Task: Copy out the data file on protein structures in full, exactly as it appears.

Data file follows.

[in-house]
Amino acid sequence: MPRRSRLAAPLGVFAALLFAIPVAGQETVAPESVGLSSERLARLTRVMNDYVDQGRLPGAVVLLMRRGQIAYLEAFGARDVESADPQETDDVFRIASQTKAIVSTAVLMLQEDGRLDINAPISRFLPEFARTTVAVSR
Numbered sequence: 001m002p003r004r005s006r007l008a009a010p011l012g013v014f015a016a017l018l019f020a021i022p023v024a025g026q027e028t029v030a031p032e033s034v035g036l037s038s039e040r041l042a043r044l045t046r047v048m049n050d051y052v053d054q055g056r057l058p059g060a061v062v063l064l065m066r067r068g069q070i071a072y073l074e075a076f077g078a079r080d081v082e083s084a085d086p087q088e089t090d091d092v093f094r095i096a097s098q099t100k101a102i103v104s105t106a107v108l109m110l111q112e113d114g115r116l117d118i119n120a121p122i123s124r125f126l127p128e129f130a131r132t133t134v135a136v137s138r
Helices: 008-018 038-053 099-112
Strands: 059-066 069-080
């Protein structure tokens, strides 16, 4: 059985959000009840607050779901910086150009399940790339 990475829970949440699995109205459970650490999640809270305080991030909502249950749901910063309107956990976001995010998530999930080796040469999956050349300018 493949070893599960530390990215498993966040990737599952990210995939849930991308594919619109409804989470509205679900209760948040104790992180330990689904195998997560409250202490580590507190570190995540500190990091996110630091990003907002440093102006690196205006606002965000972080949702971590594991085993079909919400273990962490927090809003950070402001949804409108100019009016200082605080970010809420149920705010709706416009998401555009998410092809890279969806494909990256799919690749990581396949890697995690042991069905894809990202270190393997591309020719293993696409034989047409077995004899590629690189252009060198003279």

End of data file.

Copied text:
[in-house]
Amino acid sequence: MPRRSRLAAPLGVFAALLFAIPVAGQETVAPESVGLSSERLARLTRVMNDYVDQGRLPGAVVLLMRRGQIAYLEAFGARDVESADPQETDDVFRIASQTKAIVSTAVLMLQEDGRLDINAPISRFLPEFARTTVAVSR
Numbered sequence: 001m002p003r004r005s006r007l008a009a010p011l012g013v014f015a016a017l018l019f020a021i022p023v024a025g026q027e028t029v030a031p032e033s034v035g036l037s038s039e040r041l042a043r044l045t046r047v048m049n050d051y052v053d054q055g056r057l058p059g060a061v062v063l064l065m066r067r068g069q070i071a072y073l074e075a076f077g078a079r080d081v082e083s084a085d086p087q088e089t090d091d092v093f094r095i096a097s098q099t100k101a102i103v104s105t106a107v108l109m110l111q112e113d114g115r116l117d118i119n120a121p122i123s124r125f126l127p128e129f130a131r132t133t134v135a136v137s138r
Helices: 008-018 038-053 099-112
Strands: 059-066 069-080
């Protein structure tokens, strides 16, 4: 059985959000009840607050779901910086150009399940790339 990475829970949440699995109205459970650490999640809270305080991030909502249950749901910063309107956990976001995010998530999930080796040469999956050349300018 493949070893599960530390990215498993966040990737599952990210995939849930991308594919619109409804989470509205679900209760948040104790992180330990689904195998997560409250202490580590507190570190995540500190990091996110630091990003907002440093102006690196205006606002965000972080949702971590594991085993079909919400273990962490927090809003950070402001949804409108100019009016200082605080970010809420149920705010709706416009998401555009998410092809890279969806494909990256799919690749990581396949890697995690042991069905894809990202270190393997591309020719293993696409034989047409077995004899590629690189252009060198003279």